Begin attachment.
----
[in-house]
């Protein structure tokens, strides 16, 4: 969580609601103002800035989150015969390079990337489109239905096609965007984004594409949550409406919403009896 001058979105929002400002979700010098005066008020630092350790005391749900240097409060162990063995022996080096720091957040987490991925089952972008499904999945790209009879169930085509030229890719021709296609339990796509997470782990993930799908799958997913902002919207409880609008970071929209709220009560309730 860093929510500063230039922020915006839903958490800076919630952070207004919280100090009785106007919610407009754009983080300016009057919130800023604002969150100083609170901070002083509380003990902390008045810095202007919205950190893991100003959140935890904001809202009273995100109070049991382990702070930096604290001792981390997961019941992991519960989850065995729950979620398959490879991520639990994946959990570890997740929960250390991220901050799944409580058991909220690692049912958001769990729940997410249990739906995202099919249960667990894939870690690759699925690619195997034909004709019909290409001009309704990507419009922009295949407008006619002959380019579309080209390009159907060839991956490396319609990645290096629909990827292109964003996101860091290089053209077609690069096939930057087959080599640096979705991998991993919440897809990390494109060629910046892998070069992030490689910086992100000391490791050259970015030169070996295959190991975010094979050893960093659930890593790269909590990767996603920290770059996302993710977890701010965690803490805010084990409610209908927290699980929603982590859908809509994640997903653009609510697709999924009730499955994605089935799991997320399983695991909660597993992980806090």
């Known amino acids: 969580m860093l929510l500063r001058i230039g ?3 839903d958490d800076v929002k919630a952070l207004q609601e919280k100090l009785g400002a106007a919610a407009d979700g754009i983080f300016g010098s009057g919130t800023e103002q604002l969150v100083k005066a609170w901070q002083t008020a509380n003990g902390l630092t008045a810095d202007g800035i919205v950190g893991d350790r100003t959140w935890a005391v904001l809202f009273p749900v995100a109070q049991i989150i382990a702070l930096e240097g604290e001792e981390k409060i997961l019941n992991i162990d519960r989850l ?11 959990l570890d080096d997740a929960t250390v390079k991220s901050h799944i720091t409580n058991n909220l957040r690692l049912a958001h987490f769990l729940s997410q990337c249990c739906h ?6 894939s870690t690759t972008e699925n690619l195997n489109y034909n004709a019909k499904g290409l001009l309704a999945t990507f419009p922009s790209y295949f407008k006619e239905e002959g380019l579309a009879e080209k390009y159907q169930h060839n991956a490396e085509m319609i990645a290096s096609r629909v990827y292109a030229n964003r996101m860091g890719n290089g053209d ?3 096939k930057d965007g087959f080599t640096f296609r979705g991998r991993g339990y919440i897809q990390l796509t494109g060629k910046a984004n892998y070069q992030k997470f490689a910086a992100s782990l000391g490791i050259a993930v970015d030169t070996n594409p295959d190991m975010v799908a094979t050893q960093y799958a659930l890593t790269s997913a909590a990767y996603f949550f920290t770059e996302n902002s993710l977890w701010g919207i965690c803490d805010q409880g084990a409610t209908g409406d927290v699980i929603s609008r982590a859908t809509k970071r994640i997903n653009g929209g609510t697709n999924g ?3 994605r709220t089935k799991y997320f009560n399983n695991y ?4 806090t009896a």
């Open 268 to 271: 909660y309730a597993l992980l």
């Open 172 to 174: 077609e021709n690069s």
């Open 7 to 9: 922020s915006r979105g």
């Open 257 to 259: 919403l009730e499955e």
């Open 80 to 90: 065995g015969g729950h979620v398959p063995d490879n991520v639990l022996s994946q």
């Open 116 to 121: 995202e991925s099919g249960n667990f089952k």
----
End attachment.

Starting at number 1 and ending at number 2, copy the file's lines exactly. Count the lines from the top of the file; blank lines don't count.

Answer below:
[in-house]
């Protein structure tokens, strides 16, 4: 969580609601103002800035989150015969390079990337489109239905096609965007984004594409949550409406919403009896 001058979105929002400002979700010098005066008020630092350790005391749900240097409060162990063995022996080096720091957040987490991925089952972008499904999945790209009879169930085509030229890719021709296609339990796509997470782990993930799908799958997913902002919207409880609008970071929209709220009560309730 860093929510500063230039922020915006839903958490800076919630952070207004919280100090009785106007919610407009754009983080300016009057919130800023604002969150100083609170901070002083509380003990902390008045810095202007919205950190893991100003959140935890904001809202009273995100109070049991382990702070930096604290001792981390997961019941992991519960989850065995729950979620398959490879991520639990994946959990570890997740929960250390991220901050799944409580058991909220690692049912958001769990729940997410249990739906995202099919249960667990894939870690690759699925690619195997034909004709019909290409001009309704990507419009922009295949407008006619002959380019579309080209390009159907060839991956490396319609990645290096629909990827292109964003996101860091290089053209077609690069096939930057087959080599640096979705991998991993919440897809990390494109060629910046892998070069992030490689910086992100000391490791050259970015030169070996295959190991975010094979050893960093659930890593790269909590990767996603920290770059996302993710977890701010965690803490805010084990409610209908927290699980929603982590859908809509994640997903653009609510697709999924009730499955994605089935799991997320399983695991909660597993992980806090």